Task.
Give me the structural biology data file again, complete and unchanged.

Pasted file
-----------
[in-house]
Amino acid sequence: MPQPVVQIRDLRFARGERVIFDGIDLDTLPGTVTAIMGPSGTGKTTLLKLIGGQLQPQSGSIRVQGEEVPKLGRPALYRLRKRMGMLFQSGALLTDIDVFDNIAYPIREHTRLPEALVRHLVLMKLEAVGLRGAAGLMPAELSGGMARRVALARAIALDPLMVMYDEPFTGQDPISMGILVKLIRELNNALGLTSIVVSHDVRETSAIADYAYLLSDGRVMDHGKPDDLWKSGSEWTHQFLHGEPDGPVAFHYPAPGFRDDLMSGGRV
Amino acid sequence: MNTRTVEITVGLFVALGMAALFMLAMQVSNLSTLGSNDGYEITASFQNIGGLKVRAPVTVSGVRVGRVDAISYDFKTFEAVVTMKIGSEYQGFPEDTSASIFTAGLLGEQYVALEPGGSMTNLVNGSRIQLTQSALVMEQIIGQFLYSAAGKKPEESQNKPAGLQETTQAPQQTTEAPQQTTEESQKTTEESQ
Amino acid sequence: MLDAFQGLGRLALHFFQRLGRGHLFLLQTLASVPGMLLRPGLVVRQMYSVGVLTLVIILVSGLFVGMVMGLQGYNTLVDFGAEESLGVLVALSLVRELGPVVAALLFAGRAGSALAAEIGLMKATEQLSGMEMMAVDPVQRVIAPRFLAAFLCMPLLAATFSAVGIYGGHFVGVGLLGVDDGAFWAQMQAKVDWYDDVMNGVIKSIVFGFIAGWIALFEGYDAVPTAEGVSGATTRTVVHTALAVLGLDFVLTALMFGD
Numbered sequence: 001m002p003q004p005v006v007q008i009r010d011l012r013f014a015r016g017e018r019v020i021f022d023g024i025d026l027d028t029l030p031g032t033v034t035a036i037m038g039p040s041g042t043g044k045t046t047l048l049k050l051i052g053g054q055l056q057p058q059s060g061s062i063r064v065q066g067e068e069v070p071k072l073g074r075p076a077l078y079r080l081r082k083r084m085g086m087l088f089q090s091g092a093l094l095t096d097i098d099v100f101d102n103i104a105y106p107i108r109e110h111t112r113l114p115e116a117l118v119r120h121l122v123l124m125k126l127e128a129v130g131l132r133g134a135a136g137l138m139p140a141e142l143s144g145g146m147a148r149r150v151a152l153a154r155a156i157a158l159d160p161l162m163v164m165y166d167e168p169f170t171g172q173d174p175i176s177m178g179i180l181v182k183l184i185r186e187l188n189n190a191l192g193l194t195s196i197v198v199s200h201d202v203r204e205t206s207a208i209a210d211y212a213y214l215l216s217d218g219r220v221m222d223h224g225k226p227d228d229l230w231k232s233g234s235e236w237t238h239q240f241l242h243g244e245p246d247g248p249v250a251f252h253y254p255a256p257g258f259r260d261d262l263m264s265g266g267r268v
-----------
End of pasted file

[in-house]
Amino acid sequence: MPQPVVQIRDLRFARGERVIFDGIDLDTLPGTVTAIMGPSGTGKTTLLKLIGGQLQPQSGSIRVQGEEVPKLGRPALYRLRKRMGMLFQSGALLTDIDVFDNIAYPIREHTRLPEALVRHLVLMKLEAVGLRGAAGLMPAELSGGMARRVALARAIALDPLMVMYDEPFTGQDPISMGILVKLIRELNNALGLTSIVVSHDVRETSAIADYAYLLSDGRVMDHGKPDDLWKSGSEWTHQFLHGEPDGPVAFHYPAPGFRDDLMSGGRV
Amino acid sequence: MNTRTVEITVGLFVALGMAALFMLAMQVSNLSTLGSNDGYEITASFQNIGGLKVRAPVTVSGVRVGRVDAISYDFKTFEAVVTMKIGSEYQGFPEDTSASIFTAGLLGEQYVALEPGGSMTNLVNGSRIQLTQSALVMEQIIGQFLYSAAGKKPEESQNKPAGLQETTQAPQQTTEAPQQTTEESQKTTEESQ
Amino acid sequence: MLDAFQGLGRLALHFFQRLGRGHLFLLQTLASVPGMLLRPGLVVRQMYSVGVLTLVIILVSGLFVGMVMGLQGYNTLVDFGAEESLGVLVALSLVRELGPVVAALLFAGRAGSALAAEIGLMKATEQLSGMEMMAVDPVQRVIAPRFLAAFLCMPLLAATFSAVGIYGGHFVGVGLLGVDDGAFWAQMQAKVDWYDDVMNGVIKSIVFGFIAGWIALFEGYDAVPTAEGVSGATTRTVVHTALAVLGLDFVLTALMFGD
Numbered sequence: 001m002p003q004p005v006v007q008i009r010d011l012r013f014a015r016g017e018r019v020i021f022d023g024i025d026l027d028t029l030p031g032t033v034t035a036i037m038g039p040s041g042t043g044k045t046t047l048l049k050l051i052g053g054q055l056q057p058q059s060g061s062i063r064v065q066g067e068e069v070p071k072l073g074r075p076a077l078y079r080l081r082k083r084m085g086m087l088f089q090s091g092a093l094l095t096d097i098d099v100f101d102n103i104a105y106p107i108r109e110h111t112r113l114p115e116a117l118v119r120h121l122v123l124m125k126l127e128a129v130g131l132r133g134a135a136g137l138m139p140a141e142l143s144g145g146m147a148r149r150v151a152l153a154r155a156i157a158l159d160p161l162m163v164m165y166d167e168p169f170t171g172q173d174p175i176s177m178g179i180l181v182k183l184i185r186e187l188n189n190a191l192g193l194t195s196i197v198v199s200h201d202v203r204e205t206s207a208i209a210d211y212a213y214l215l216s217d218g219r220v221m222d223h224g225k226p227d228d229l230w231k232s233g234s235e236w237t238h239q240f241l242h243g244e245p246d247g248p249v250a251f252h253y254p255a256p257g258f259r260d261d262l263m264s265g266g267r268v